An Annoying Attempt at Self-Promotion

I’m an indie author who writes for teens and adults. I write horror, dark fantasy, and paranormal romance. Find out more about me on my website: Right now, I’m hocking my 99 cent ebook novella, Little Sister. Here’s a blurb:

Ever since Jane Cassidy’s big brother was killed in a car accident six months ago, she’s been taking solace in watching cheesy vampire movies and yelling at the characters on the screen when they do stupid things. She can’t control the tragedy in her own life, but in the movies, the characters can find ways out of the grip of death.

A chance meeting with Bailey Westfield, her brother’s best friend and her childhood crush, catapults her out of her cocoon of grieving. Bailey’s kiss makes Jane feel tugged under a rushing waterfall of cold, sweet darkness. She only sees him at night, and she longs to feel his icy fingers trace the outline of her jaw.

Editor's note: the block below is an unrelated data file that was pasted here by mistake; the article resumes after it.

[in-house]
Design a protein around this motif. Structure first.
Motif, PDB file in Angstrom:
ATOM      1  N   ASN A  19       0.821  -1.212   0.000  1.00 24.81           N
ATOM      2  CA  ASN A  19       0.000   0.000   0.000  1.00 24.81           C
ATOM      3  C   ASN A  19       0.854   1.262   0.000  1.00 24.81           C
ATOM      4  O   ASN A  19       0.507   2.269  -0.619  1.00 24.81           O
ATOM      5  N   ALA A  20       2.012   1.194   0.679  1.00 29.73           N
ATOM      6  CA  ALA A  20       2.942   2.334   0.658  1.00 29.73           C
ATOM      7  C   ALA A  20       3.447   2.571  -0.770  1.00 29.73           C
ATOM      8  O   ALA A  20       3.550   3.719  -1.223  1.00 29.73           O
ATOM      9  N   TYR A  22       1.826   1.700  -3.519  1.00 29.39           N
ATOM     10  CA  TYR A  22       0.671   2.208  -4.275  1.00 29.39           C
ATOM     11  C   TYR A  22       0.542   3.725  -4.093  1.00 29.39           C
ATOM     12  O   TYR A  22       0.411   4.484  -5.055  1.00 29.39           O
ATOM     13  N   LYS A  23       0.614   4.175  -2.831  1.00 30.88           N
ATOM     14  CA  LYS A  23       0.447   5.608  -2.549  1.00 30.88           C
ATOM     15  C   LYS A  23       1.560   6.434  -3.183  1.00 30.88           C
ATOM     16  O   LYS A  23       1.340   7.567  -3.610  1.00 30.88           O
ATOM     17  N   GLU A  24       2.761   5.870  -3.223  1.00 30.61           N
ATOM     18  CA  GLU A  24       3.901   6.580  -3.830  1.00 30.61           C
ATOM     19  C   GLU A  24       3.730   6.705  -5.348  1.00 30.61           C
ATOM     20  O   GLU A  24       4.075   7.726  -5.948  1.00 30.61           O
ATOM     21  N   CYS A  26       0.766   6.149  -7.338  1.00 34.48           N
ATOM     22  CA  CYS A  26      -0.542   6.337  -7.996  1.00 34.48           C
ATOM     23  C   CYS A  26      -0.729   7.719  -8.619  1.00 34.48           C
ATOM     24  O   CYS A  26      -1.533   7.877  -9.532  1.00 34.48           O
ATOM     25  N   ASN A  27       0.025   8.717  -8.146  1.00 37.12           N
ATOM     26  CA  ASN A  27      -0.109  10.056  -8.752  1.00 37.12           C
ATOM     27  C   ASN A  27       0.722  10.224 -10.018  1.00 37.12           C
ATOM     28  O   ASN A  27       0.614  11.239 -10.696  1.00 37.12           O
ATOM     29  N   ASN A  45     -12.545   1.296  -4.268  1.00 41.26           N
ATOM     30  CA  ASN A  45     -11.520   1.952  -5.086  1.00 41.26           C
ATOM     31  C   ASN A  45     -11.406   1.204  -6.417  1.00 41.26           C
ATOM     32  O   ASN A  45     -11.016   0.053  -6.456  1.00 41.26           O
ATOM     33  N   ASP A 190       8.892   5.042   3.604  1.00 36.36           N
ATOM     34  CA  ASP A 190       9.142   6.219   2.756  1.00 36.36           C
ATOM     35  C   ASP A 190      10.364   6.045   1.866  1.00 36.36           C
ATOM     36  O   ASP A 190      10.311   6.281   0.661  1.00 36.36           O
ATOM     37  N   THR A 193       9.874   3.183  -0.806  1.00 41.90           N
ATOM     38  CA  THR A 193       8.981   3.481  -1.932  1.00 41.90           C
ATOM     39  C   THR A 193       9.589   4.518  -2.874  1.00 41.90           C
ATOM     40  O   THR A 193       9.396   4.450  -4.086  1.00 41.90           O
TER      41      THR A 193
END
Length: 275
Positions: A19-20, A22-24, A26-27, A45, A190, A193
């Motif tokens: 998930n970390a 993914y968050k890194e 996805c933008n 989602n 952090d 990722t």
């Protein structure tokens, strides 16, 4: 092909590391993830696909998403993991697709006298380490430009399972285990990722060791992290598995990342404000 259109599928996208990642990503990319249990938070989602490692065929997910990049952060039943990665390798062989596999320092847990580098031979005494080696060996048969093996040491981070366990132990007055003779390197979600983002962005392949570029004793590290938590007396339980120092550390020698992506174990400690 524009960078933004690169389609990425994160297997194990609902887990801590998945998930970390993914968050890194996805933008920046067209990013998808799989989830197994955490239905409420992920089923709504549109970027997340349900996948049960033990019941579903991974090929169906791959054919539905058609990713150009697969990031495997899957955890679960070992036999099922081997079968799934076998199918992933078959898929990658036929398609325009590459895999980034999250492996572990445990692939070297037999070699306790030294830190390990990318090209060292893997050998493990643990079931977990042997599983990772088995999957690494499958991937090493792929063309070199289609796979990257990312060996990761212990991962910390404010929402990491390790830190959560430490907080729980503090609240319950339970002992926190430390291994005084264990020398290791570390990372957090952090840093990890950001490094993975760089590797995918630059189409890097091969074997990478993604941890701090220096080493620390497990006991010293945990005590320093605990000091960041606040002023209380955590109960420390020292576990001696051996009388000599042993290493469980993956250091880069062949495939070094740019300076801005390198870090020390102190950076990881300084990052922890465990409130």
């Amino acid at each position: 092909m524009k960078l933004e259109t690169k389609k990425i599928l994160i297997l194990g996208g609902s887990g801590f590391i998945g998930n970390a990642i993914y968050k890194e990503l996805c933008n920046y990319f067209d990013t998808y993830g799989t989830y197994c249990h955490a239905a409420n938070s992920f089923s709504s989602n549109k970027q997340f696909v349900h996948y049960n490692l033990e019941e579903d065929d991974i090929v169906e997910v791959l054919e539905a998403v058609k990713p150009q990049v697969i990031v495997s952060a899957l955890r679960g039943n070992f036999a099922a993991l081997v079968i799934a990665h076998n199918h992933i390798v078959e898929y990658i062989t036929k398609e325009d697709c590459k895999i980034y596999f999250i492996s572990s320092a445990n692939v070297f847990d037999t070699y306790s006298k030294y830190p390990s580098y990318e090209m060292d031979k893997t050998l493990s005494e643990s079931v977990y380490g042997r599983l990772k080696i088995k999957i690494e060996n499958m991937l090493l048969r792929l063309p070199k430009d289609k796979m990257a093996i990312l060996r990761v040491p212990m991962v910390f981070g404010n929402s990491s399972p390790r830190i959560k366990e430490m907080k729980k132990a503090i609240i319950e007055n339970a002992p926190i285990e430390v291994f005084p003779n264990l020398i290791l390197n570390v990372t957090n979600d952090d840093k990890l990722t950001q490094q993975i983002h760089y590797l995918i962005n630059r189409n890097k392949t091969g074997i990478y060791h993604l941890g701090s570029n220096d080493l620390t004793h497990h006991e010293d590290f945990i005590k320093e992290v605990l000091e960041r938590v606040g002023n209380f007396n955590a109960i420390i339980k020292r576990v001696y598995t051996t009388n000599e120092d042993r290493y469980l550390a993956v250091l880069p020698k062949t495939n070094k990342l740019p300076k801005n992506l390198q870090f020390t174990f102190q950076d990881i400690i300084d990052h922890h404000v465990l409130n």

Jane doesn’t realize that she’s been (literally) sucked into the plot of a vampire movie. And she’s not so snarky when there are teeth in her own neck.

You can buy it here: or here:

Thanks for your time and happy writing and publishing!